Dare we speak about "Brexit?"

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Baldtastic

Ad Honorem
Aug 2009
4,976
Londinium
They were mainly in case of a no deal, we don't know if that is what we're getting though.

It would be a vote for the status quo, what might come later is necessarily uncertain in case of either remain or leave.
Agreed, that was my initial point regarding the remain camp.



The single agreement should have come, on the part of the leave people, before the campaign, then it could have been voted for. As it didn't and wasn't people should not pretend that the vote gives a mandate for any particular sort of leaving, rather than just the general idea of no longer being a member.


Agreed. The vote was to leave the EU, not remain in the EU in any way.
 

Haesten

Ad Honorem
Dec 2011
2,733
Putin, and around 20 other countries I understand, intend to block what you want. You might get your no deal, but don't think WTO is automatic. We'll have to start buying influence, like doing some deal with Argentina over the Falklands for example. And all this against a backdrop of the world knowing that the UK is desperate for a deal because it hasn't got one from the EU. We'll be taken to the cleaners.
I doubt that, these are schedules negotiated by the EU with individual WTO countries, that the UK wanted to duplicate.

" UK will be able to trade on the provisional set of schedules it has tabled while it negotiates with those who withheld support. The tabling of the disputed schedules will also allow the UK government to liberalise their tariffs and quotas on some products to allow non-EU importers to compete with European importers to the benefit of British consumers in the event of a no-deal Brexit."
 

AlpinLuke

Ad Honoris
Oct 2011
24,138
Lago Maggiore, Italy
The reason I voted to remain, was that i asked my daughter which way to vote, as she will suffer the consequences, not I, as i shall be too old for anything to affect me.. But the weak arguments of "remain" are rapidly turning me against them
Actually the destiny of your daughter [or, just to say, of the English neighbor of my brother and her daughter ... they live and work in Italy, in a EU research center, btw] will depend on how the two sides will manage Brexit, not exactly on Brexit itself. Furthermore, it will depend also on what citizens will do. If a British citizen wants to keep in touch with EU it's enough to collect information about which EU countries allow the double citizenship. For example the neighbor of my brother and her daughter have obtained the Italian citizenship. So they are EU citizens, regardless Brexit.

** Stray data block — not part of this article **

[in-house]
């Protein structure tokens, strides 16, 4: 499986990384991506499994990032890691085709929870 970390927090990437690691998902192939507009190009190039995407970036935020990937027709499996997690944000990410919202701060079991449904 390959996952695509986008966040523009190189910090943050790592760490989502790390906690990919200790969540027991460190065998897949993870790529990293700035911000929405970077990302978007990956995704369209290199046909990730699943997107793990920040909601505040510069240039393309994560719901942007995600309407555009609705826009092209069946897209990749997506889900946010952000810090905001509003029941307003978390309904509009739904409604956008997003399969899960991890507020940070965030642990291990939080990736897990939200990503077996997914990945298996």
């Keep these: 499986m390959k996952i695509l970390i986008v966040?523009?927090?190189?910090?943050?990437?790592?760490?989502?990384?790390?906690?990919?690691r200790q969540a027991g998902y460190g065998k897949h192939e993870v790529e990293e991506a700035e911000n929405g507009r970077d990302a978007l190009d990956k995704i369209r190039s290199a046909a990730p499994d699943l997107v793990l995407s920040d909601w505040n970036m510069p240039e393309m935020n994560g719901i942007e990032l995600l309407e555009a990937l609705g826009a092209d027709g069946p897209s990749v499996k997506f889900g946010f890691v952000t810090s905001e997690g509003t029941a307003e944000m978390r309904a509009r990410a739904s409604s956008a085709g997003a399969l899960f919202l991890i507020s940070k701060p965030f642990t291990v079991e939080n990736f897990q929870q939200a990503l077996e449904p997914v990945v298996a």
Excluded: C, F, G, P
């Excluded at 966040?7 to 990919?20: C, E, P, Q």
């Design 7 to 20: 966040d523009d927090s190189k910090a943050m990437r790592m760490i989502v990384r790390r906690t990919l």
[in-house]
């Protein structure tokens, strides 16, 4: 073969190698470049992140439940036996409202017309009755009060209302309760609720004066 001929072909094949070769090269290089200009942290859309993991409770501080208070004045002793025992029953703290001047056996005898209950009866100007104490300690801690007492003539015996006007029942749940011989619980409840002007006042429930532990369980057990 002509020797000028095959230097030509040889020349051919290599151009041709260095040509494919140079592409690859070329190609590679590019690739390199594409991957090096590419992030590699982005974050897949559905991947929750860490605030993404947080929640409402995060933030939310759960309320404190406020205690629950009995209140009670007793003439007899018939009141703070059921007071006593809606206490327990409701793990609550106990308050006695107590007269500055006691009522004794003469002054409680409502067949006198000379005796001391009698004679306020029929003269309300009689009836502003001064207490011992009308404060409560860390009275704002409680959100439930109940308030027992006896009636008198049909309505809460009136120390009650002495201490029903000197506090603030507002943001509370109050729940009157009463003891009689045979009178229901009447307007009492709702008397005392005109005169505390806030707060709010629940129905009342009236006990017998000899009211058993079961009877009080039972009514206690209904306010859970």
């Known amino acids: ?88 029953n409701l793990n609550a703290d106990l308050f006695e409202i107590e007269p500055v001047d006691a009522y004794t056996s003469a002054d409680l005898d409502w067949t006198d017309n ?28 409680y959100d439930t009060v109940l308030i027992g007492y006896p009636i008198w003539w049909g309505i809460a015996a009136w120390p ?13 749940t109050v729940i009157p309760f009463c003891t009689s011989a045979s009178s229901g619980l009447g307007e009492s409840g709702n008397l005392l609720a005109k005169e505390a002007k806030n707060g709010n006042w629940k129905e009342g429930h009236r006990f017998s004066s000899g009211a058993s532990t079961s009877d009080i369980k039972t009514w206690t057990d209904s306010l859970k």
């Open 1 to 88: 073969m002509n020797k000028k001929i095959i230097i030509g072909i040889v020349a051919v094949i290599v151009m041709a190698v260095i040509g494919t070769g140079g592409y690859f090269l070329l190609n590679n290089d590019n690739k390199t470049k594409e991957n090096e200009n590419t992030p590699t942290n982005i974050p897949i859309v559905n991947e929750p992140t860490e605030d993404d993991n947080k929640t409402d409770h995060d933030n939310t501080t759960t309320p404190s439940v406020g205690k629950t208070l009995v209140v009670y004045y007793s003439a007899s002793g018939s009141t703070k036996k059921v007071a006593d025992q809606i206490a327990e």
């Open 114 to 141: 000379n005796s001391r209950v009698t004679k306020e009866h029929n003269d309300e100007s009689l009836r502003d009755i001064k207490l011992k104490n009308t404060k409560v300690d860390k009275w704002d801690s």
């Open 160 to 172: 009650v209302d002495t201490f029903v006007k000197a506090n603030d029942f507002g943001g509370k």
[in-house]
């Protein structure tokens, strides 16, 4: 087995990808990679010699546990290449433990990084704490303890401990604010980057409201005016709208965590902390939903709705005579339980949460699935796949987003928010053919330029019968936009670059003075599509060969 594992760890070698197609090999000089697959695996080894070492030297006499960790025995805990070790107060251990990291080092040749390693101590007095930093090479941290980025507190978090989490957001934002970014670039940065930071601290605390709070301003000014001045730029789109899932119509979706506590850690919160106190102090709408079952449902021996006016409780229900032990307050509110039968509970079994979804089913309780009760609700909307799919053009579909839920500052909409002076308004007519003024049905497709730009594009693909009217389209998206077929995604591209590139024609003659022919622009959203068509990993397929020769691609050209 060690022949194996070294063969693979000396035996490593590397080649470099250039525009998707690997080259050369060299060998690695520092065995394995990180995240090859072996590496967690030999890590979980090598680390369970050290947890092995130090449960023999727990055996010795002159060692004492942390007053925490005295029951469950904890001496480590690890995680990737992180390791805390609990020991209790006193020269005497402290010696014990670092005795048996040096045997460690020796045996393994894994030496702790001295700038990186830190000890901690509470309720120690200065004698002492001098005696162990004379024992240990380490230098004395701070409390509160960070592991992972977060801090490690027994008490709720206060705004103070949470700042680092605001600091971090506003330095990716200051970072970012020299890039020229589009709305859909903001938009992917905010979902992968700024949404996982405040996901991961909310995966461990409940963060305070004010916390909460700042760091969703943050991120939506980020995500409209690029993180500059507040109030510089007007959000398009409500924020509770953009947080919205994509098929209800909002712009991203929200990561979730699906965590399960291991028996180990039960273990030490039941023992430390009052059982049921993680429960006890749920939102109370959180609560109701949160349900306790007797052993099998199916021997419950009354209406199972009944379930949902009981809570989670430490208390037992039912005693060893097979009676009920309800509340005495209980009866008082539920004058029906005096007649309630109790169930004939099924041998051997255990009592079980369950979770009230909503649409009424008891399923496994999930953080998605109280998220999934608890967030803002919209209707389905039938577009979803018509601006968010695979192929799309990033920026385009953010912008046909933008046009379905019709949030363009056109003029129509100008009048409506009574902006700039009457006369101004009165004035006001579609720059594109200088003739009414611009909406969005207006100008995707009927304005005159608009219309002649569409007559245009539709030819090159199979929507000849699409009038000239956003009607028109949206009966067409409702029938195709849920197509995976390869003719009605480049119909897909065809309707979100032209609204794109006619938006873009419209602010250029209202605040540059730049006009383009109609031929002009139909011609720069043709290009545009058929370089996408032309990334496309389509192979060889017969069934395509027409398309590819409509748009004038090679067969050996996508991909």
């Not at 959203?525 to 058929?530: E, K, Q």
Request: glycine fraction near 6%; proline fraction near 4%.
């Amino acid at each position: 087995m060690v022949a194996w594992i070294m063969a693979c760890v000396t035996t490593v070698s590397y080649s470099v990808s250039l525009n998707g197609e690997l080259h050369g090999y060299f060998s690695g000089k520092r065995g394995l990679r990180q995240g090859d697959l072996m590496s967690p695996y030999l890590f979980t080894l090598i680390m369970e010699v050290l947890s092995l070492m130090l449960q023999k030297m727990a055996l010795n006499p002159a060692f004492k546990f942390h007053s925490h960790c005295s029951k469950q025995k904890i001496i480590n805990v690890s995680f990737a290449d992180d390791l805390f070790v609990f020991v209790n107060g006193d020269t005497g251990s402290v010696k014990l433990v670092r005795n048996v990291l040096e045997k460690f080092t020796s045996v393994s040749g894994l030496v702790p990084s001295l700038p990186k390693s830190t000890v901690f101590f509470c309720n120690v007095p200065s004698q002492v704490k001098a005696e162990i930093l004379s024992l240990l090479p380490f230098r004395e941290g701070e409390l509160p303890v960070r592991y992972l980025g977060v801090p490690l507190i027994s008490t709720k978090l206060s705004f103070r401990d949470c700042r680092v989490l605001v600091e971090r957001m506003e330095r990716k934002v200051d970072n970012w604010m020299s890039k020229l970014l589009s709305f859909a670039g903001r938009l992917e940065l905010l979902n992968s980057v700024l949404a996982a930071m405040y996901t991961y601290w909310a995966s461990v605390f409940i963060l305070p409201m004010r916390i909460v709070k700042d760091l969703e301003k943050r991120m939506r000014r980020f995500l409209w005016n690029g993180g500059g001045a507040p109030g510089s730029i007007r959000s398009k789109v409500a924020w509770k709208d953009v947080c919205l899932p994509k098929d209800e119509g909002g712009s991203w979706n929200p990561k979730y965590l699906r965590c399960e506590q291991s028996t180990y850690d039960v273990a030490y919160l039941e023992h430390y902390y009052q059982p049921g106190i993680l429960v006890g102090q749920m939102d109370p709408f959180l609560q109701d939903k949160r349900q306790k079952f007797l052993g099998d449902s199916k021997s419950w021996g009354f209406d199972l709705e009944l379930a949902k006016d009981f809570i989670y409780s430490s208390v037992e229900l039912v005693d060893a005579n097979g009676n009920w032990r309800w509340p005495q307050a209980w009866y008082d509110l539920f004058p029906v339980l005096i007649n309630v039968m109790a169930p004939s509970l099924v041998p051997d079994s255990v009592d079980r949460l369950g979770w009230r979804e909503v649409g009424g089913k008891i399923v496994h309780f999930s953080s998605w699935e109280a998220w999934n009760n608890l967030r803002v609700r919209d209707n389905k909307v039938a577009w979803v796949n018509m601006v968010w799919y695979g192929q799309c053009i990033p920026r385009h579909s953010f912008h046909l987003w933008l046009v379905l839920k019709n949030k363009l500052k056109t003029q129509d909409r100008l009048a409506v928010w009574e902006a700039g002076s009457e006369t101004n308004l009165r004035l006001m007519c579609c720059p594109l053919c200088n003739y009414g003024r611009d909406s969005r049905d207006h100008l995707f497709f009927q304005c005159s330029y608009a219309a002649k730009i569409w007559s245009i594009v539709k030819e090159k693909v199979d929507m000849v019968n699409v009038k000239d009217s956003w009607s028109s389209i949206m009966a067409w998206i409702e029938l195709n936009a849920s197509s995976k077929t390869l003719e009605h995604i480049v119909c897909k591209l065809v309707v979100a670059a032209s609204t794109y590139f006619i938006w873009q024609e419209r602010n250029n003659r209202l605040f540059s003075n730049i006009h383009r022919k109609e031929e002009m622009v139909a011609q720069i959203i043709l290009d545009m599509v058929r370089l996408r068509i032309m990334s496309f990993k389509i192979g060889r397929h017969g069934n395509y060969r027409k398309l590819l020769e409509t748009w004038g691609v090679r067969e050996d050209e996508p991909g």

Brexit is a very simple institutional process, and really brief: Next March 30th UK will be out of EU [in the transition period or not, this is irrelevant].

Period. Nothing else.

The real problem is that we cannot be sure about the consequences of Brexit. But the choice in or out, at the end is just a political choice. How much do you feel "European"? Not enough to be part of a European Union? Well ... the majority of the British electors have showed not to feel enough "European" to stay in a European Union. Or may be EU countries are "too European" !
 

Linschoten

Ad Honoris
Aug 2010
14,475
Wessex
There no great rush, please calm down.

As an existing, independent, member of the WTO the UK can simply keep the same WTO schedules as the EU but, quite literally, change “EU” to “UK” with very little change (after the initial period of uncertainty that all markets indulge in).